The Smith Street Band
Enmore Theatre, March 12
It’s bad enough for audiences having to sit through shows we would normally stand – or jump or dance or both – and sweat in. But how hard must it be for the artists, especially those for whom polite performance, warm but contained response, and a sense of decorum are anathema?
Not everyone can pull it off, or certainly not immediately. Midnight Oil – a better, bigger band, with a deeper catalogue than regional Victoria’s The Smith Street Band – struggled for a good half hour in this room a few weeks ago.
The Smith Street Band harness their not-so-secret weapon: the deep connection between fans and band.Credit:Ian Laidlaw
Yet here were “the Smiffies”, led – from the charging, grinning, guitar-touting front – by Wil Wagner, nailing it from the first moments. Not with volume: this was ostensibly an acoustic show, though everything was still plugged in. Nor exhortations for us to abandon our control: it wasn’t until the last song, the communal rush of the suburban anthem of existence-as-resistance, Death To The Lads, that the room said no más and stood up, stood on seats, stood out, belting “Death to the lads/As loud as we possibly can”.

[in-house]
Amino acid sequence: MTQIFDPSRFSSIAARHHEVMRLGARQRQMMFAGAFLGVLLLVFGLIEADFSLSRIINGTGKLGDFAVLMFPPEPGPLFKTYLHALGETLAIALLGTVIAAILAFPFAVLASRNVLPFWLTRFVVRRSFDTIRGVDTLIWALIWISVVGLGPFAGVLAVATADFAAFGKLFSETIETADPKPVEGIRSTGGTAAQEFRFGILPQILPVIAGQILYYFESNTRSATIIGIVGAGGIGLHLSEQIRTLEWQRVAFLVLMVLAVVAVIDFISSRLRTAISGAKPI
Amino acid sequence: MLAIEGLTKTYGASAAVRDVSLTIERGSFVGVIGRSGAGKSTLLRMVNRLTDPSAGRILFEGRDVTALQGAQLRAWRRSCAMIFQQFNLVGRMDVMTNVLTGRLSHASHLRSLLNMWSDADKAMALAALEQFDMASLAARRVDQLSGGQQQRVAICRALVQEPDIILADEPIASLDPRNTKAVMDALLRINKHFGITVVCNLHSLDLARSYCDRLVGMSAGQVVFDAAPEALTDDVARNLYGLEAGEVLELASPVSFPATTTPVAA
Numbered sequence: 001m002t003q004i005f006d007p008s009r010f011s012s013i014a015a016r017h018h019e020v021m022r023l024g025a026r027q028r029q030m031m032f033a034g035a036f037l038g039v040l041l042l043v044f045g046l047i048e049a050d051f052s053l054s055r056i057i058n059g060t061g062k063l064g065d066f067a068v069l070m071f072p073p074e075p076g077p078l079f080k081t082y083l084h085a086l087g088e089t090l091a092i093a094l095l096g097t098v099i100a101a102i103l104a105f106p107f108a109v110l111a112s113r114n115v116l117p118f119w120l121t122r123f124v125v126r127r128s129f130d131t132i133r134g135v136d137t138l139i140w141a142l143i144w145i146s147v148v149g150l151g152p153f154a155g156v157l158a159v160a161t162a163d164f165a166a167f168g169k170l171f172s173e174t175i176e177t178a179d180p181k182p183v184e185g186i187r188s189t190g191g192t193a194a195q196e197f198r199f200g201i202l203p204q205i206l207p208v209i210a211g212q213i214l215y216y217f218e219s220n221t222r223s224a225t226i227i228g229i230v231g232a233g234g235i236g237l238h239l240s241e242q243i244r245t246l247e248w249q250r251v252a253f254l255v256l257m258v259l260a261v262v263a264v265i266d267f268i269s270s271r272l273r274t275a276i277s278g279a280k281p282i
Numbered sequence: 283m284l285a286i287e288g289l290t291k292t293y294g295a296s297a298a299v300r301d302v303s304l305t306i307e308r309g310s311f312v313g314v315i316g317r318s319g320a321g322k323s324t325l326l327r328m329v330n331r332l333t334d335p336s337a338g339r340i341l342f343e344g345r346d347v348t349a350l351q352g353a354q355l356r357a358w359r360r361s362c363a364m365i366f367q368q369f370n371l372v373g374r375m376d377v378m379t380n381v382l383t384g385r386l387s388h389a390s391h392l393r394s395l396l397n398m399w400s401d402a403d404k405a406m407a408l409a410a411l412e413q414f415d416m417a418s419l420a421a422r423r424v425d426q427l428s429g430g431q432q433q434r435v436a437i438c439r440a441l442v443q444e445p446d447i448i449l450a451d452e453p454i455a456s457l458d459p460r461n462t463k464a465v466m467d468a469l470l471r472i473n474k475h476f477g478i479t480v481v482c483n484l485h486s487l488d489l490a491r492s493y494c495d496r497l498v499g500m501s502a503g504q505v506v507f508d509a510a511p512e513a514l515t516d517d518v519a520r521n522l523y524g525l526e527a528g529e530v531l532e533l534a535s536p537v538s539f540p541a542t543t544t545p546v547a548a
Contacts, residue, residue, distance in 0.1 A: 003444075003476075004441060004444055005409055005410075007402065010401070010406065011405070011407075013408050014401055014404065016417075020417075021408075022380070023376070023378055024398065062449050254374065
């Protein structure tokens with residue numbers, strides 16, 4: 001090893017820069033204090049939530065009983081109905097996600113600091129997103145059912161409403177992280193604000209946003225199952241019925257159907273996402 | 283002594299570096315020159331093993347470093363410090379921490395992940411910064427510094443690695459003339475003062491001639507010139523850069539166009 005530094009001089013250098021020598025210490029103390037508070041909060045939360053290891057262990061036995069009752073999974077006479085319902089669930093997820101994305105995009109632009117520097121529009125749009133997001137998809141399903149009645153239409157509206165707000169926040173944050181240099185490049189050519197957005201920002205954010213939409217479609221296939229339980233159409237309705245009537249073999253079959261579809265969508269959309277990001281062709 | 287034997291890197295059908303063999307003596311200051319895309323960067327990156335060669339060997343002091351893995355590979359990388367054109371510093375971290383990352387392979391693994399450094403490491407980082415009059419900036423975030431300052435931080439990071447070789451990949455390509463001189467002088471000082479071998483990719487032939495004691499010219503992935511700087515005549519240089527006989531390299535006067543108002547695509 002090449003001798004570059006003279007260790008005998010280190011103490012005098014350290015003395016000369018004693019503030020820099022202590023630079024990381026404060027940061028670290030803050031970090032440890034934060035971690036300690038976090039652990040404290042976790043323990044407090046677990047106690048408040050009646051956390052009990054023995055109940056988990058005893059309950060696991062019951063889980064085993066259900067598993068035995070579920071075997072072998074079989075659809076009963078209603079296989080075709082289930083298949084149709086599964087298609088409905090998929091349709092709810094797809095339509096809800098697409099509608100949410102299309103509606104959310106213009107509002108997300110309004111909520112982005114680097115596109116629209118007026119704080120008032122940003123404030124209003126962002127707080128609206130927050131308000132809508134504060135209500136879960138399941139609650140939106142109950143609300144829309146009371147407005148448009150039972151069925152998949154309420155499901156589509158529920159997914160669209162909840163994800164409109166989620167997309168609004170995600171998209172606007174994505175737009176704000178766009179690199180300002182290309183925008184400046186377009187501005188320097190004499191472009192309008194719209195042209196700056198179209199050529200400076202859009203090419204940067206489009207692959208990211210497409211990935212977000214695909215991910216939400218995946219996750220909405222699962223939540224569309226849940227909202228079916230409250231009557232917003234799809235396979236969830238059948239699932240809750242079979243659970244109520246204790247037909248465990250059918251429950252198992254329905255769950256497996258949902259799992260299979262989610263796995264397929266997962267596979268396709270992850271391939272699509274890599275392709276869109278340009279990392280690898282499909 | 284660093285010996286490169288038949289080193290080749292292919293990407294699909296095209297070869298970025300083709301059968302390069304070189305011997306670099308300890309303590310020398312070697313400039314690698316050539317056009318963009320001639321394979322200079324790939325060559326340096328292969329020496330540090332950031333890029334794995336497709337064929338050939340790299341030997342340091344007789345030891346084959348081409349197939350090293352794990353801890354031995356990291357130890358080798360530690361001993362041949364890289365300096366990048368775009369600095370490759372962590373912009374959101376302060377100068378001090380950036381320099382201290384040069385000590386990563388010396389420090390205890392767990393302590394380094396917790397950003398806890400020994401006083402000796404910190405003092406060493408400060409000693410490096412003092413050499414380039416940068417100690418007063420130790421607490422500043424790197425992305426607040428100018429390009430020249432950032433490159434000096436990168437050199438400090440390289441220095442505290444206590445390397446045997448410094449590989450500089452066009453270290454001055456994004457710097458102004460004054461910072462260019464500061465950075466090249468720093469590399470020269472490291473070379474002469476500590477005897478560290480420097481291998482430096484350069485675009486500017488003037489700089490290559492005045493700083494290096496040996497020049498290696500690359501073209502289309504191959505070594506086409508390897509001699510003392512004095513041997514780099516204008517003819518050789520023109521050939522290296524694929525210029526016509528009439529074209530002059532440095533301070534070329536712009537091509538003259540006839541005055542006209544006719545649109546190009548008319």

It happened with the group’s not-so-secret weapon: the connection between fan and band that immediately formed into the shape of a communal exchange of lyrics, of good humour and genuine warmth.
Wagner’s stories of the quotidian are without poetic flash but never without the eye for the resonant image and the truth, a pairing that works its own poetic path. Packed into songs that in this arrangement emphasise the band’s connection to a roistering punk folk equal parts Weddings Parties Anything and The Pogues, The Smith Street Band made a seated room feel like a boot-stamping, air-punching, hug-your-mate session.
It’s worth noting that the room that would have had close to an even split of the sexes and the classes, so it was never about bloke-iness, or chest-beating, or separateness of any sort. And it proved the lie, or at least the past tense, of Dirty Water’s lines that “I have fallen out of love with people”.
Wagner hasn’t, and nor have his fans. And no one missed that message, seated, standing or wending our way out in COVID-safe manner 70 minutes later.
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